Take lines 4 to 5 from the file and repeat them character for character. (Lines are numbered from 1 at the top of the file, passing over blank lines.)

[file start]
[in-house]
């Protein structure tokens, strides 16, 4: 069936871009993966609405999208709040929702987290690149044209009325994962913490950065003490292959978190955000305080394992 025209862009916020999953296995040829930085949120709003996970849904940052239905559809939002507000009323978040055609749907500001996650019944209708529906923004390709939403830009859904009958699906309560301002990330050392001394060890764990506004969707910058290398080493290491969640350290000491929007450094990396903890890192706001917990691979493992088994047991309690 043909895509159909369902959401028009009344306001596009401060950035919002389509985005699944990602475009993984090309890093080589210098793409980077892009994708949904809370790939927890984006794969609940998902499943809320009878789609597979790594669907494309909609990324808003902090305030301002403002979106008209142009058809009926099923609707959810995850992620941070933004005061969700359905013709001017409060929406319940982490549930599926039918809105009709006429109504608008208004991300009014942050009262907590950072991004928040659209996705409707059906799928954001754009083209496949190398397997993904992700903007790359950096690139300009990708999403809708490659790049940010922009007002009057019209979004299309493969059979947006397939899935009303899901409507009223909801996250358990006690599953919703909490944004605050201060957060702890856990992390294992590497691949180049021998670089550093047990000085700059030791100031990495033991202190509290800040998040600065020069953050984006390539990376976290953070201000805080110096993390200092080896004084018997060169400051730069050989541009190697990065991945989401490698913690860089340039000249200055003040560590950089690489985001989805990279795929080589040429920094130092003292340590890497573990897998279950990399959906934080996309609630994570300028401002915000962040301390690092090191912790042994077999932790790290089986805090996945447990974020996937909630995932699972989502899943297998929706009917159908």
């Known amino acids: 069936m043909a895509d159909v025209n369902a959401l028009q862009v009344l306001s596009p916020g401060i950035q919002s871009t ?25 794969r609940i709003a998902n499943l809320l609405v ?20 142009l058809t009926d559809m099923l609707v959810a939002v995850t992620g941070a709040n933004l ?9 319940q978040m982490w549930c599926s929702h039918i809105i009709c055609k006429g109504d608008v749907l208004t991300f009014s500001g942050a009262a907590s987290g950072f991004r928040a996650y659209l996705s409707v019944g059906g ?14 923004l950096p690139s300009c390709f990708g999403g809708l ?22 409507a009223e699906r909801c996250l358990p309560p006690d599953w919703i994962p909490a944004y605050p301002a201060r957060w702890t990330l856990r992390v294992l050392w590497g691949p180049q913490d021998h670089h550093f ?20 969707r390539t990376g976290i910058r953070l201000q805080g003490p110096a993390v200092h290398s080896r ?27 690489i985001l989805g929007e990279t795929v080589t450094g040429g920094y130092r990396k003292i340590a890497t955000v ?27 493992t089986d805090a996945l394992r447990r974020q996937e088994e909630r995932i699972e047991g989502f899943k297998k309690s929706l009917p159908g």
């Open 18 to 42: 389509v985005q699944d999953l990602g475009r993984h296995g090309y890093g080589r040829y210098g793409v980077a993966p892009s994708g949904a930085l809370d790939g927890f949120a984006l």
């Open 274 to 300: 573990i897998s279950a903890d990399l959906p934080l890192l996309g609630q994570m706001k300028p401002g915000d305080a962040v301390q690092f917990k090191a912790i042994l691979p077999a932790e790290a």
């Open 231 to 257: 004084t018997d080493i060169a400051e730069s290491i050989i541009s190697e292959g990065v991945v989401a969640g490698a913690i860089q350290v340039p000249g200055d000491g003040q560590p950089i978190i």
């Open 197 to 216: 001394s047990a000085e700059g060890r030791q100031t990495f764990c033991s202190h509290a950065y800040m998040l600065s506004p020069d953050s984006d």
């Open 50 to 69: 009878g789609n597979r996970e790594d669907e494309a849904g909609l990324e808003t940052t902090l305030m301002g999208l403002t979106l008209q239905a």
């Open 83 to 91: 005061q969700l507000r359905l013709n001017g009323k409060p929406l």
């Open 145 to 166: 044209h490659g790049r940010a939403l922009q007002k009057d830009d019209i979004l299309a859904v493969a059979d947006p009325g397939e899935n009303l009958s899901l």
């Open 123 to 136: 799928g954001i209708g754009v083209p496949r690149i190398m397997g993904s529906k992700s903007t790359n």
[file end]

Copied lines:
């Open 18 to 42: 389509v985005q699944d999953l990602g475009r993984h296995g090309y890093g080589r040829y210098g793409v980077a993966p892009s994708g949904a930085l809370d790939g927890f949120a984006l």
């Open 274 to 300: 573990i897998s279950a903890d990399l959906p934080l890192l996309g609630q994570m706001k300028p401002g915000d305080a962040v301390q690092f917990k090191a912790i042994l691979p077999a932790e790290a």